Research Papers

Drowsy and Distracted Driving: The Perception of Risk among Young Novice Drivers

Filename cmrsc19_65.pdf
Filesize 107 KB
Version 1
Date added June 7, 2009
Downloaded 2 times/fois
Category 2009–CMRSC-XIX–Saskatoon
Tags Session 2B
Author/Auteur Ashlie Nadler, Henry Moller, Mary Chipman

Abstract

To determine the risks perceived by adolescents and young adults concerning drowsy or distracted driving and other risk factors, a questionnaire was administered to 36 participants attending classes at a Toronto driving school. Eligible participants were aged 16-24 years and had Ontario G1 or G2 licenses; i.e., either level of graduated license. Respondents provided demographic information and rated perceptions of risk of falling asleep while driving and of a motor vehicle collision in different circumstances using scores 1-5 on a Likert scale. Validated scales were used to measure sleepiness (Epworth Sleepiness Scale), alertness (Toronto Hospital Alertness Test) and symptoms of Attention Deficit Hyperactivity Disorder (Part A of ASRS v. 1.0).
Nearly all respondents had G1 licenses; i.e., the lowest level in the Ontario Graduated Licensing System. Risk perceptions were highest for crashes associated with alcohol (4.75), text messaging (4.64) and using a cell phone (4.47). Risk perceptions were lowest for crashes associated with listening to music (2.78), or driving after stress at work or school (2.81). Awareness of the risk of becoming drowsy while driving (2.92) or falling asleep when driving at night (3.17) were also relatively low, although the perceived risks of a crash when either drowsy or distracted were higher and equivalent (3.86). Almost two-thirds (61%) of the respondents were clinically sleepy when tested, and one-third showed decreased alertness; 34% had test results “highly consistent” with ADHD (according to proponents of the scale used). The prevalence of these states is significantly higher than published estimates (P < 0.01) and is particularly remarkable as this was a community-based rather than clinical sample, and respondents were not seeking symptomatic treatment. Despite the high prevalence of sleepiness detected, participants appear relatively unaware of the problems of drowsiness while driving. Awareness training, as part of driving school curricula, or modifications to the Graduated Licensing System, may improve this situation.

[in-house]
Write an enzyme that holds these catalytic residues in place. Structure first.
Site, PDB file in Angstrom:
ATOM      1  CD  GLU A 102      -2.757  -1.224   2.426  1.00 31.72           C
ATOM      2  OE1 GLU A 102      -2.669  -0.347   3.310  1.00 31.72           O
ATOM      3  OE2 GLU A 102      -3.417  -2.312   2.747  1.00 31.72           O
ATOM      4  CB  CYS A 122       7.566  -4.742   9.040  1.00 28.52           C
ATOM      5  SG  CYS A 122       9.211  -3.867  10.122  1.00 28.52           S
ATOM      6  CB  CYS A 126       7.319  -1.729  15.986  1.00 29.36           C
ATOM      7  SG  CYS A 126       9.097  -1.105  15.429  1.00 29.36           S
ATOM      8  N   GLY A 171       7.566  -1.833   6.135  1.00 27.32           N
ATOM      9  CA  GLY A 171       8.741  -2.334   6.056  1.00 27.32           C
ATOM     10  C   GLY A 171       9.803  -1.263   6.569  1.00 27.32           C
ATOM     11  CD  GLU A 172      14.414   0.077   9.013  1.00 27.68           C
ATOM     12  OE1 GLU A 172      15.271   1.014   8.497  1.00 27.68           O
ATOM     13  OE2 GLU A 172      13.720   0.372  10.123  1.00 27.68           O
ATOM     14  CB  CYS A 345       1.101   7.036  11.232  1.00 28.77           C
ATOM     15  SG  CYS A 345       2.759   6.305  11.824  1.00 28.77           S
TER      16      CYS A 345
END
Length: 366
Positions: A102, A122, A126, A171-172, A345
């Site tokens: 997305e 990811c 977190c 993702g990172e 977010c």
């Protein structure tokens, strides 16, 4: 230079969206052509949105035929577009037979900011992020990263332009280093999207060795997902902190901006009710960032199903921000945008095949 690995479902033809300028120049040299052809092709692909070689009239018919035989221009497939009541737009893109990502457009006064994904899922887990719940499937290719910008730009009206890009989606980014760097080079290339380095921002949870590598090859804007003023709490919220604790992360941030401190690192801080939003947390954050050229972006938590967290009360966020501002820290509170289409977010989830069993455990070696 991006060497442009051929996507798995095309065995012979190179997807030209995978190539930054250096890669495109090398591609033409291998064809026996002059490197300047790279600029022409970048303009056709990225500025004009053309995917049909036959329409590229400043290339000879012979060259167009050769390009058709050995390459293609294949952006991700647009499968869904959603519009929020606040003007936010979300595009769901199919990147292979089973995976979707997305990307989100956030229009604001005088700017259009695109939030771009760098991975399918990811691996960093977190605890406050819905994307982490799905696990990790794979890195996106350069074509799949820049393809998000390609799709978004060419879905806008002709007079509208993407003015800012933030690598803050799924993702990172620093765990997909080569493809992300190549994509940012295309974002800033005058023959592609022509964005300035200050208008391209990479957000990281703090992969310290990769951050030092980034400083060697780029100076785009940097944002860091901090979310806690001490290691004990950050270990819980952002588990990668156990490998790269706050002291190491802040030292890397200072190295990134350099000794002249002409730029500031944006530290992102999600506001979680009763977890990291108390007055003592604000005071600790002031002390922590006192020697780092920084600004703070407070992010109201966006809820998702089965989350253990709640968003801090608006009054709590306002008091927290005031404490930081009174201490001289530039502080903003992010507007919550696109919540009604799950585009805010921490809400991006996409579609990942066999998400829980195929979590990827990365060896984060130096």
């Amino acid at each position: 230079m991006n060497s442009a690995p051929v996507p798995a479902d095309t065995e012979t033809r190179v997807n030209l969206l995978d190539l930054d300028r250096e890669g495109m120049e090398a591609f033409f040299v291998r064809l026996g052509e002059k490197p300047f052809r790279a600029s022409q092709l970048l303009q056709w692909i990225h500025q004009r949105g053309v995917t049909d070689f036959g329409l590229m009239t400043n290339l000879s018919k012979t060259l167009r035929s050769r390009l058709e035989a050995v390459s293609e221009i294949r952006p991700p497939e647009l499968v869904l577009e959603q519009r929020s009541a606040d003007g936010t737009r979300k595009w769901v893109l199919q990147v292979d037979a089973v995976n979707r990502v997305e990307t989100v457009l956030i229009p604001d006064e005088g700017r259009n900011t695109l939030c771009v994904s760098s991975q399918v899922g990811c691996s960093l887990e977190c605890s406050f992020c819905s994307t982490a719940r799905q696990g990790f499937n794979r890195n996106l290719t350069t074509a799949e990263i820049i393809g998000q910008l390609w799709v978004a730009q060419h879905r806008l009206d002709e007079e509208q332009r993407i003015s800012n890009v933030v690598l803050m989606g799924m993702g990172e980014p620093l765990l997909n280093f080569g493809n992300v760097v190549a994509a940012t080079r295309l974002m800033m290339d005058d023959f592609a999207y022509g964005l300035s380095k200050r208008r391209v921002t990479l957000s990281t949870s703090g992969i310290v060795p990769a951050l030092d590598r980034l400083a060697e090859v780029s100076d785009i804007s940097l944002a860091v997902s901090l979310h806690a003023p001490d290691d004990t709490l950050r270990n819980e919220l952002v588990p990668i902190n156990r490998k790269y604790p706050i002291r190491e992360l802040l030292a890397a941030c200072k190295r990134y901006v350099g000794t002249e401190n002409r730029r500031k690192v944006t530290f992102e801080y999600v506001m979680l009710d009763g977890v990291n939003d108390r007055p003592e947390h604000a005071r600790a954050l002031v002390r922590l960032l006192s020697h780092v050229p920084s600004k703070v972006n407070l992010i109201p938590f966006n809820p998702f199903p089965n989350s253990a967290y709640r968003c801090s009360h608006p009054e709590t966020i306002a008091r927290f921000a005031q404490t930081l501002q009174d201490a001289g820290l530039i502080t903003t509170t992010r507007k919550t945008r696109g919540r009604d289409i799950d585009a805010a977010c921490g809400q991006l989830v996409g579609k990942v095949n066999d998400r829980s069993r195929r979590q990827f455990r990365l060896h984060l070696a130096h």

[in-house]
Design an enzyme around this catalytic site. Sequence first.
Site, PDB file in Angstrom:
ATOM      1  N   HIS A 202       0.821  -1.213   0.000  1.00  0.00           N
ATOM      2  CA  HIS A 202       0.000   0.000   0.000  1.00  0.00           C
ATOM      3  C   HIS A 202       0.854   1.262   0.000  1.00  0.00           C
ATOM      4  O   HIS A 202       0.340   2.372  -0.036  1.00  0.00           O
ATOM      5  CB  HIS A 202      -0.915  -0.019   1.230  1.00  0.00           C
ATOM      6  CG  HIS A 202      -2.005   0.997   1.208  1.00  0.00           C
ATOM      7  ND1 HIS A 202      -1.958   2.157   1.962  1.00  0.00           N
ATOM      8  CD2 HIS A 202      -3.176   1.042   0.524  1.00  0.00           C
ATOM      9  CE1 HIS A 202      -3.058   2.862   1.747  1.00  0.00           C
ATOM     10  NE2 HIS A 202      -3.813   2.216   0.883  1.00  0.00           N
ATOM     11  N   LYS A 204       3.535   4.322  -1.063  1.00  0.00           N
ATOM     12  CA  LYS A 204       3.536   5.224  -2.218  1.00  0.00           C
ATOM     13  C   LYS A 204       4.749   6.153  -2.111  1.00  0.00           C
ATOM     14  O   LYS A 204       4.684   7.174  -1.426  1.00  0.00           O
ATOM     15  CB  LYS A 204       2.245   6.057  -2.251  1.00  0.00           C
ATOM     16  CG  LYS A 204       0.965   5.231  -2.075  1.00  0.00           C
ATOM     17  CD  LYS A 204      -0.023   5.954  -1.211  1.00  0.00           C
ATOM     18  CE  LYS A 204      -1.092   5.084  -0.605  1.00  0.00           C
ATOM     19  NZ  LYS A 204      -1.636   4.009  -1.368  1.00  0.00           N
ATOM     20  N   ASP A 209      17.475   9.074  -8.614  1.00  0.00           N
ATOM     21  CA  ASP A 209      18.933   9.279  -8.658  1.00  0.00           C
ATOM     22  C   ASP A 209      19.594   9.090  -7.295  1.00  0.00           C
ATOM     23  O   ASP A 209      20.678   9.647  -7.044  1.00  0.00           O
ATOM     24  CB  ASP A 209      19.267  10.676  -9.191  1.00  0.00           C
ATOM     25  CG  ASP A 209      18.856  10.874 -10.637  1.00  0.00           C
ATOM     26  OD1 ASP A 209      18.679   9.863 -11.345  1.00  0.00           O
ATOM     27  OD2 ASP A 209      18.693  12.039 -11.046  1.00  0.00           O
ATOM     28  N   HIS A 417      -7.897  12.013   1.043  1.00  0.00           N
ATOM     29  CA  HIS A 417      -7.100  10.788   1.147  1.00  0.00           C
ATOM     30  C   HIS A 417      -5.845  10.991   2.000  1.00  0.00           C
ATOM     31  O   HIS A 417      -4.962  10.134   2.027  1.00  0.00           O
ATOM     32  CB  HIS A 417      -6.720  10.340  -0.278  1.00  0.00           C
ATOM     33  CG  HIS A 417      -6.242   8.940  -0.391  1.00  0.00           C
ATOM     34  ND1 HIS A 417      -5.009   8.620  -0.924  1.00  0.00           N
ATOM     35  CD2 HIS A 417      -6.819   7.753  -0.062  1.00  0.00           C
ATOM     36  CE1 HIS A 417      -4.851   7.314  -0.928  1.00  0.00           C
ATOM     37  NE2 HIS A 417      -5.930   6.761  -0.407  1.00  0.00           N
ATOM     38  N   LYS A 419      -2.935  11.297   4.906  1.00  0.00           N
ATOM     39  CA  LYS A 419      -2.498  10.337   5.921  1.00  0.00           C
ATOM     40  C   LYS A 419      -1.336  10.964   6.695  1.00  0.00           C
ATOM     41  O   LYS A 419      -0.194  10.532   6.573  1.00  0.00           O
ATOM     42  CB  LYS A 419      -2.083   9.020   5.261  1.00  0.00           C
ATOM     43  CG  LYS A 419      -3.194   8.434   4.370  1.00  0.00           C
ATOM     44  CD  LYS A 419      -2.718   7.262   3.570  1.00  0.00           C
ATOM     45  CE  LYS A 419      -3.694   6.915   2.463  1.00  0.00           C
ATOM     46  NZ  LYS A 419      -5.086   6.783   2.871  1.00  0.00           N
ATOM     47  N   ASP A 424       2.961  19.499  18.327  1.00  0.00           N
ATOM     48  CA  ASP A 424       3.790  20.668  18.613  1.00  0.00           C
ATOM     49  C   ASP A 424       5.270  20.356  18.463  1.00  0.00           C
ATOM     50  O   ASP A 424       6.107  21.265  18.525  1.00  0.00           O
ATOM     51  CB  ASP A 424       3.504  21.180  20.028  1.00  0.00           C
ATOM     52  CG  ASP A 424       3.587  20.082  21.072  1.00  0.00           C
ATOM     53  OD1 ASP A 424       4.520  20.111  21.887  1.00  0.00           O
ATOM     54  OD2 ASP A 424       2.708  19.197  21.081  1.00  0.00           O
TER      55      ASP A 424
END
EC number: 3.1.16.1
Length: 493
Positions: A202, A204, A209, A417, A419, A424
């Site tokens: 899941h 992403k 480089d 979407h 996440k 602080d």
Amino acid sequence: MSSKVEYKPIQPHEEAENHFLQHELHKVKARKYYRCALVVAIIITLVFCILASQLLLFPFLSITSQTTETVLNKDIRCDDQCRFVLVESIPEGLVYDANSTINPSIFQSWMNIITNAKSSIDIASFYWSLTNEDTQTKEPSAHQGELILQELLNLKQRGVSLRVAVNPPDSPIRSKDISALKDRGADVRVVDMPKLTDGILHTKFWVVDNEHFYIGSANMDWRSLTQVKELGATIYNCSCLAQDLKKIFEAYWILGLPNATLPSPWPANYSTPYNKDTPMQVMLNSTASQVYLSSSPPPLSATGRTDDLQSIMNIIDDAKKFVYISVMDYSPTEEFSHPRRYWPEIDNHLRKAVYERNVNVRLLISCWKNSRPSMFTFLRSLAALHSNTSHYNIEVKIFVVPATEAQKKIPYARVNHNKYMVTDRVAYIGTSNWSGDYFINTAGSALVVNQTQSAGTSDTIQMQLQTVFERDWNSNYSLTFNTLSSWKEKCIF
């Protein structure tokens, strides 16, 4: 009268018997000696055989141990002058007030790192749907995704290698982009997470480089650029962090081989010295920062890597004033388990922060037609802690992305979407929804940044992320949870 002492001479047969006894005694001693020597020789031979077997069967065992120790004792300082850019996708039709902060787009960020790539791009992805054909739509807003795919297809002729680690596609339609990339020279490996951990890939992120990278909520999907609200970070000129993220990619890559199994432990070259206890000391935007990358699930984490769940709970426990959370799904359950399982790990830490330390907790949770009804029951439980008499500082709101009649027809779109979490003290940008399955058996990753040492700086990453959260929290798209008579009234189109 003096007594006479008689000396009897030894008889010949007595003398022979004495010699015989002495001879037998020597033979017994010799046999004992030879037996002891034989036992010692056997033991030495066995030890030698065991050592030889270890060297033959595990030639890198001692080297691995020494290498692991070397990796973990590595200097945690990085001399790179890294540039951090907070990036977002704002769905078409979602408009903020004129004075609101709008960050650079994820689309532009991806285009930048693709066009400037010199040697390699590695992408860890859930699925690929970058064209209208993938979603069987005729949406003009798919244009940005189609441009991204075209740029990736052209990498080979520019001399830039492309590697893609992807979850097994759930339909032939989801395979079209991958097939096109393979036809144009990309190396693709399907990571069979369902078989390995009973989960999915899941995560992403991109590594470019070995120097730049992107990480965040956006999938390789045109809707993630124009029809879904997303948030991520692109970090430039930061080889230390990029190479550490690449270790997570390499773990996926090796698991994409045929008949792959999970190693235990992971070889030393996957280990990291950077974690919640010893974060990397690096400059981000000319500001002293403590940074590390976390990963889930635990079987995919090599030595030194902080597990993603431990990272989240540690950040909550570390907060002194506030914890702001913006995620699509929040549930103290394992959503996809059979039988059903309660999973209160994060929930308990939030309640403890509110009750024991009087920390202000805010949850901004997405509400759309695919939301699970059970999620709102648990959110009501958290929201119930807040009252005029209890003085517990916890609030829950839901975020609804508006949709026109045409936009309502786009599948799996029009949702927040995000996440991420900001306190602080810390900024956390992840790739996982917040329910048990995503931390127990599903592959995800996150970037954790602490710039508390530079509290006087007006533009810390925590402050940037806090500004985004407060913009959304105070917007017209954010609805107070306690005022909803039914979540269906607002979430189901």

Ashlie Nadler, Henry Moller, Mary Chipman